LAGUNA WOODS, Calif. (CN) — The man who walked into an Orange County, California, church on Sunday and shot six people, killing one of them, was motivated by a hatred of the Taiwanese people, according to law enforcement officials.
"We do know, based on the information we've collected, that this was a politically motivated hate incident," said Orange County Sheriff Don Barnes at a press conference on Monday.
The suspect was identified as David Chou, a 68-year-old U.S. citizen who was born in mainland China. According to Barnes, Chou lived in Taiwan for a number of years, and his wife still lives there.
"He was not well-received there," said Barnes, adding that the shooter was driven by that and by political tensions between China and Taiwan.
Much of the information about Chou was gleaned from written notes discovered by law enforcement in a vehicle registered to Chou that was parked in the church parking lot.
Chou had been living in Las Vegas for the last few years, apart from his wife and son, and had been working as a security guard. He had a license to carry a firearm.
On Sunday, approximately 40-50 mostly elderly congregants were having lunch in the banquet hall of Geneva Presbyterian Church, a Taiwanese church. According to Barnes, Chou's attack was meticulously planned. He used chains to lock the doors leading to the banquet hall, and attempted to disable the locks with super glue. He placed bags of ammunition and what Barnes called "Molotov cocktail-like devices" throughout the room.
"He formulated a strategy," said Barnes. "It was very well thought out."
Chou spent some time milling about the room. Congregants didn't recognize him but had no reason to be afraid. Then Chou proceeded to open fire, with two 9 mm semiautomatic handguns purchased legally in Las Vegas.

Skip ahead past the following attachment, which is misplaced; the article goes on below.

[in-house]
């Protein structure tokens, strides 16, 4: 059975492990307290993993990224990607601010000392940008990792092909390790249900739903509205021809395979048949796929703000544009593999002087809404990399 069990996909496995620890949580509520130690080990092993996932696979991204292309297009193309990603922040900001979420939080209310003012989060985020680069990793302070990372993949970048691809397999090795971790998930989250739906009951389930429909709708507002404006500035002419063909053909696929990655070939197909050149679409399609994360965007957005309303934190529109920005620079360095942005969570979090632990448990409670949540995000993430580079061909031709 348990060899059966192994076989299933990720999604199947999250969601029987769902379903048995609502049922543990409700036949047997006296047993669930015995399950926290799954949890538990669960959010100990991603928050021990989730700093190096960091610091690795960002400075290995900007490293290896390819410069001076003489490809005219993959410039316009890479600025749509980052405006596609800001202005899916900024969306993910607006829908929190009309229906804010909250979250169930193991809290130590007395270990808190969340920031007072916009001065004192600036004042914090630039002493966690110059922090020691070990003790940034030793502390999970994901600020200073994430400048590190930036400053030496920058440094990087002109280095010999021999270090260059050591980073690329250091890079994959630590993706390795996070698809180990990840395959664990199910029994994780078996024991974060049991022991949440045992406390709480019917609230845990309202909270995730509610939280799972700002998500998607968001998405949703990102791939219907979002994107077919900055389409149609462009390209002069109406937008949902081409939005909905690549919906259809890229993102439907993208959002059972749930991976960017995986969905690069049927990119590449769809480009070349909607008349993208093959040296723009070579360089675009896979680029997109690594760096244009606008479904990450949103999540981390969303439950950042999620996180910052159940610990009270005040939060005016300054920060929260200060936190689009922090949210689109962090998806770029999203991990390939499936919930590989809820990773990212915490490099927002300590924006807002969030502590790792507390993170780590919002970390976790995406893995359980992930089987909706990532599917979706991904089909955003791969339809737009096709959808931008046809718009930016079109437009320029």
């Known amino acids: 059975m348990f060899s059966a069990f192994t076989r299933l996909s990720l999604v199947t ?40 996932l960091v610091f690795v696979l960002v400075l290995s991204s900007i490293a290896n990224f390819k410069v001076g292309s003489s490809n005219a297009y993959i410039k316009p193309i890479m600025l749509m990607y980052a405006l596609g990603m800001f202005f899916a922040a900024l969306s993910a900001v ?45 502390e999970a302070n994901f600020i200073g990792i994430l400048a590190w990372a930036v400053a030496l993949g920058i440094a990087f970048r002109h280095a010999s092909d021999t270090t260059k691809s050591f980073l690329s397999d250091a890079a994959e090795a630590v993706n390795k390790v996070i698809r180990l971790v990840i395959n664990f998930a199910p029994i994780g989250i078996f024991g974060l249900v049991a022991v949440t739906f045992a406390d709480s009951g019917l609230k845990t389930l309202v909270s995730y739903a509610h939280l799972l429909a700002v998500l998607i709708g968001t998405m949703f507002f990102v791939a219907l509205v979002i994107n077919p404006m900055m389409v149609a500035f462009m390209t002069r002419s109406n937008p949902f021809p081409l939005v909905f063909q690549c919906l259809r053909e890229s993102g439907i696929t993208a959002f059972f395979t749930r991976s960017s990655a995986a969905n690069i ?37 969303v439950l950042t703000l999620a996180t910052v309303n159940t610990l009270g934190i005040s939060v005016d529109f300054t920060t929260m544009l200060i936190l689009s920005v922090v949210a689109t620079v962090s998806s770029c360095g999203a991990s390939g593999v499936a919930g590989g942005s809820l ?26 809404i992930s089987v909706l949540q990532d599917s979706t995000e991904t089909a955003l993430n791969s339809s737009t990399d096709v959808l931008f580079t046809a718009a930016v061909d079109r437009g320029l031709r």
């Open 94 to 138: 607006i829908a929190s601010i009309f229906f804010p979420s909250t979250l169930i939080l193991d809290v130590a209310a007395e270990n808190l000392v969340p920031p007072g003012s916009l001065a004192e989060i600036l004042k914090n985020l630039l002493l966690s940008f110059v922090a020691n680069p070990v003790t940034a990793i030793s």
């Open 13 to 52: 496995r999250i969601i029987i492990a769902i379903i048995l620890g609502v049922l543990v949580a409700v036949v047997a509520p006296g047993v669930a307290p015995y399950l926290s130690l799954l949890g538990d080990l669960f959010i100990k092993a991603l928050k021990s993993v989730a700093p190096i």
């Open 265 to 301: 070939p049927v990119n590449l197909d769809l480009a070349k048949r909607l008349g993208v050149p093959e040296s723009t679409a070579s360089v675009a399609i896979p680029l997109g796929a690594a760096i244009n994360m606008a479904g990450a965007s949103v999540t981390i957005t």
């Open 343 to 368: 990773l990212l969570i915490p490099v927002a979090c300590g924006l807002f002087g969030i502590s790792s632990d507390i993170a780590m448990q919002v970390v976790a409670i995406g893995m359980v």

Officials said many more congregants could have been killed were it not for the actions of Dr. John Cheng, a sports medicine doctor who at age 52 was one of the youngest people in the room. Cheng charged across the room partway through the massacre and attempted to disarm the shooter.
"Dr. Cheng is a hero in this incident," said Barnes. "He saved the lives of probably upwards of dozens of people."
In his attempt to stop the assailant, Cheng was shot and he later died. But others joined him in the attempt to stop the attacker, including a pastor who had recently returned from Taiwan who hit the suspect with a chair while he was reloading. Other congregants tackled him and hogtied him with an extension cord. Police later arrested him.
It's unclear why Chou chose that particular church for his rampage.
"We’re still trying to determine why he targeted this particular church," said Barnes. "If you look at its proximity to Las Vegas, it may have been the closest."
Orange County District Attorney Todd Spitzer said at the press conference that Chou will be charged with one count of murder, five counts of attempted murder and four counts of unlawful possession of explosives. He could be sentenced to life in prison — or worse.
"Sometime down the road, we will have to determine whether or not we'll be seeking the death penalty," said Spitzer.
Spitzer said his office may also decide to seek a hate crime sentencing enhancement.
"With respect to hate crimes, there’s a lot of evidence that indicates the suspect had an absolute bias against Taiwanese people, as a Chinese mainland national," Spitzer said. He noted a hate crime enhancement would not add any time to a life sentence or a death sentence but said officials wanted to emphasize "we will not tolerate hate in this county."Follow @hillelaron
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